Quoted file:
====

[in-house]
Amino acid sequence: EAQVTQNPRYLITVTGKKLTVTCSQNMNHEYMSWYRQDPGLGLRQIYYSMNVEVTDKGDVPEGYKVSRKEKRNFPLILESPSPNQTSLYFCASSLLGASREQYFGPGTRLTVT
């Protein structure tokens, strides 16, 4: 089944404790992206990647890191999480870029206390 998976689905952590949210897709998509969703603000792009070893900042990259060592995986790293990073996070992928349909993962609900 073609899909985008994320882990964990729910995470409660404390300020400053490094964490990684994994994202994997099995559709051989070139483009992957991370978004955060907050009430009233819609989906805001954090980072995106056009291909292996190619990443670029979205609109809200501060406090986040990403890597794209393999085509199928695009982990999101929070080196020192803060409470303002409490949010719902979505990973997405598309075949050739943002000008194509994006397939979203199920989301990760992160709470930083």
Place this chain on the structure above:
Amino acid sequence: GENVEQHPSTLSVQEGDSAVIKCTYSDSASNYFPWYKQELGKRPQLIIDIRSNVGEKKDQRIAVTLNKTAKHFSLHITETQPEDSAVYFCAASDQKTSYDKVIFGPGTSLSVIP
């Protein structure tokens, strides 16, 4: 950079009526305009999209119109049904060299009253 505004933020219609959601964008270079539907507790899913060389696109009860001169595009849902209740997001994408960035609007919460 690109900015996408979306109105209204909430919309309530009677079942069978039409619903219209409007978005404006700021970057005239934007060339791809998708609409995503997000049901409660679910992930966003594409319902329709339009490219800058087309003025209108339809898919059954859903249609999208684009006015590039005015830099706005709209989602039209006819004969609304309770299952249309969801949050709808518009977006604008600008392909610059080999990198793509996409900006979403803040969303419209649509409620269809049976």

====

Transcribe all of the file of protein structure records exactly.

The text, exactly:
[in-house]
Amino acid sequence: EAQVTQNPRYLITVTGKKLTVTCSQNMNHEYMSWYRQDPGLGLRQIYYSMNVEVTDKGDVPEGYKVSRKEKRNFPLILESPSPNQTSLYFCASSLLGASREQYFGPGTRLTVT
């Protein structure tokens, strides 16, 4: 089944404790992206990647890191999480870029206390 998976689905952590949210897709998509969703603000792009070893900042990259060592995986790293990073996070992928349909993962609900 073609899909985008994320882990964990729910995470409660404390300020400053490094964490990684994994994202994997099995559709051989070139483009992957991370978004955060907050009430009233819609989906805001954090980072995106056009291909292996190619990443670029979205609109809200501060406090986040990403890597794209393999085509199928695009982990999101929070080196020192803060409470303002409490949010719902979505990973997405598309075949050739943002000008194509994006397939979203199920989301990760992160709470930083």
Place this chain on the structure above:
Amino acid sequence: GENVEQHPSTLSVQEGDSAVIKCTYSDSASNYFPWYKQELGKRPQLIIDIRSNVGEKKDQRIAVTLNKTAKHFSLHITETQPEDSAVYFCAASDQKTSYDKVIFGPGTSLSVIP
């Protein structure tokens, strides 16, 4: 950079009526305009999209119109049904060299009253 505004933020219609959601964008270079539907507790899913060389696109009860001169595009849902209740997001994408960035609007919460 690109900015996408979306109105209204909430919309309530009677079942069978039409619903219209409007978005404006700021970057005239934007060339791809998708609409995503997000049901409660679910992930966003594409319902329709339009490219800058087309003025209108339809898919059954859903249609999208684009006015590039005015830099706005709209989602039209006819004969609304309770299952249309969801949050709808518009977006604008600008392909610059080999990198793509996409900006979403803040969303419209649509409620269809049976």